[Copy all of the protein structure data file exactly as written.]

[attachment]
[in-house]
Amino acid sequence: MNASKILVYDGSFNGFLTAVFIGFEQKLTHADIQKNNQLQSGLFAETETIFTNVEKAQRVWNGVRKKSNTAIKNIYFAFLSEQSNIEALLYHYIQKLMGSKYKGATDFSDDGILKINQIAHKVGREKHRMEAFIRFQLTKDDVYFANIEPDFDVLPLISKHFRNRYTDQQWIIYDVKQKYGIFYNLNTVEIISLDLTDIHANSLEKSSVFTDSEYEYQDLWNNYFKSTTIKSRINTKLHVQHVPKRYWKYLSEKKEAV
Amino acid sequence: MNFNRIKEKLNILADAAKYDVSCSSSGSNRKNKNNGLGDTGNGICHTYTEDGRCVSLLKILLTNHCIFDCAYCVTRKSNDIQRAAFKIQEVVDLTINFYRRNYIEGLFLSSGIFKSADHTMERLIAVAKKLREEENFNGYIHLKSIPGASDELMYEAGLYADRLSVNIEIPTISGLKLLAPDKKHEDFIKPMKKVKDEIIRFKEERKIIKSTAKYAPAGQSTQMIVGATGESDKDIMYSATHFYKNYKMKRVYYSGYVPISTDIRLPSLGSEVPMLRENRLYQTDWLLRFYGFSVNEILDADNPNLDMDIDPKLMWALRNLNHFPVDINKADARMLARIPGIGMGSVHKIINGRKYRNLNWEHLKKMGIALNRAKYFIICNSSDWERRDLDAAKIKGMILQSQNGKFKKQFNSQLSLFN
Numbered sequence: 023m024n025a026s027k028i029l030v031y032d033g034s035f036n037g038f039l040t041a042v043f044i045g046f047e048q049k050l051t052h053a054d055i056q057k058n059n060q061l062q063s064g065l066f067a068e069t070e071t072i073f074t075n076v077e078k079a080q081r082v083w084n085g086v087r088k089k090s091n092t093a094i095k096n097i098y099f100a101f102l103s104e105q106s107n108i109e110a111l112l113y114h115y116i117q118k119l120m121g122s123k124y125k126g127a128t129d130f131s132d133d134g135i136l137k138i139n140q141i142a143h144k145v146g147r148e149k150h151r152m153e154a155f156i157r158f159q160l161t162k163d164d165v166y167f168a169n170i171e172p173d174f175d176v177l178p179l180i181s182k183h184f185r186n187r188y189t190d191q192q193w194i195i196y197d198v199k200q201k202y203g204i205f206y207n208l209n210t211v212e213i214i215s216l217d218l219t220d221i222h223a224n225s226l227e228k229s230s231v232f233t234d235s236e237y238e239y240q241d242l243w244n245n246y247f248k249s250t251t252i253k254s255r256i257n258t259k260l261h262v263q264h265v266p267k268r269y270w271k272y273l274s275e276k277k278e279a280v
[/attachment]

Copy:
[in-house]
Amino acid sequence: MNASKILVYDGSFNGFLTAVFIGFEQKLTHADIQKNNQLQSGLFAETETIFTNVEKAQRVWNGVRKKSNTAIKNIYFAFLSEQSNIEALLYHYIQKLMGSKYKGATDFSDDGILKINQIAHKVGREKHRMEAFIRFQLTKDDVYFANIEPDFDVLPLISKHFRNRYTDQQWIIYDVKQKYGIFYNLNTVEIISLDLTDIHANSLEKSSVFTDSEYEYQDLWNNYFKSTTIKSRINTKLHVQHVPKRYWKYLSEKKEAV
Amino acid sequence: MNFNRIKEKLNILADAAKYDVSCSSSGSNRKNKNNGLGDTGNGICHTYTEDGRCVSLLKILLTNHCIFDCAYCVTRKSNDIQRAAFKIQEVVDLTINFYRRNYIEGLFLSSGIFKSADHTMERLIAVAKKLREEENFNGYIHLKSIPGASDELMYEAGLYADRLSVNIEIPTISGLKLLAPDKKHEDFIKPMKKVKDEIIRFKEERKIIKSTAKYAPAGQSTQMIVGATGESDKDIMYSATHFYKNYKMKRVYYSGYVPISTDIRLPSLGSEVPMLRENRLYQTDWLLRFYGFSVNEILDADNPNLDMDIDPKLMWALRNLNHFPVDINKADARMLARIPGIGMGSVHKIINGRKYRNLNWEHLKKMGIALNRAKYFIICNSSDWERRDLDAAKIKGMILQSQNGKFKKQFNSQLSLFN
Numbered sequence: 023m024n025a026s027k028i029l030v031y032d033g034s035f036n037g038f039l040t041a042v043f044i045g046f047e048q049k050l051t052h053a054d055i056q057k058n059n060q061l062q063s064g065l066f067a068e069t070e071t072i073f074t075n076v077e078k079a080q081r082v083w084n085g086v087r088k089k090s091n092t093a094i095k096n097i098y099f100a101f102l103s104e105q106s107n108i109e110a111l112l113y114h115y116i117q118k119l120m121g122s123k124y125k126g127a128t129d130f131s132d133d134g135i136l137k138i139n140q141i142a143h144k145v146g147r148e149k150h151r152m153e154a155f156i157r158f159q160l161t162k163d164d165v166y167f168a169n170i171e172p173d174f175d176v177l178p179l180i181s182k183h184f185r186n187r188y189t190d191q192q193w194i195i196y197d198v199k200q201k202y203g204i205f206y207n208l209n210t211v212e213i214i215s216l217d218l219t220d221i222h223a224n225s226l227e228k229s230s231v232f233t234d235s236e237y238e239y240q241d242l243w244n245n246y247f248k249s250t251t252i253k254s255r256i257n258t259k260l261h262v263q264h265v266p267k268r269y270w271k272y273l274s275e276k277k278e279a280v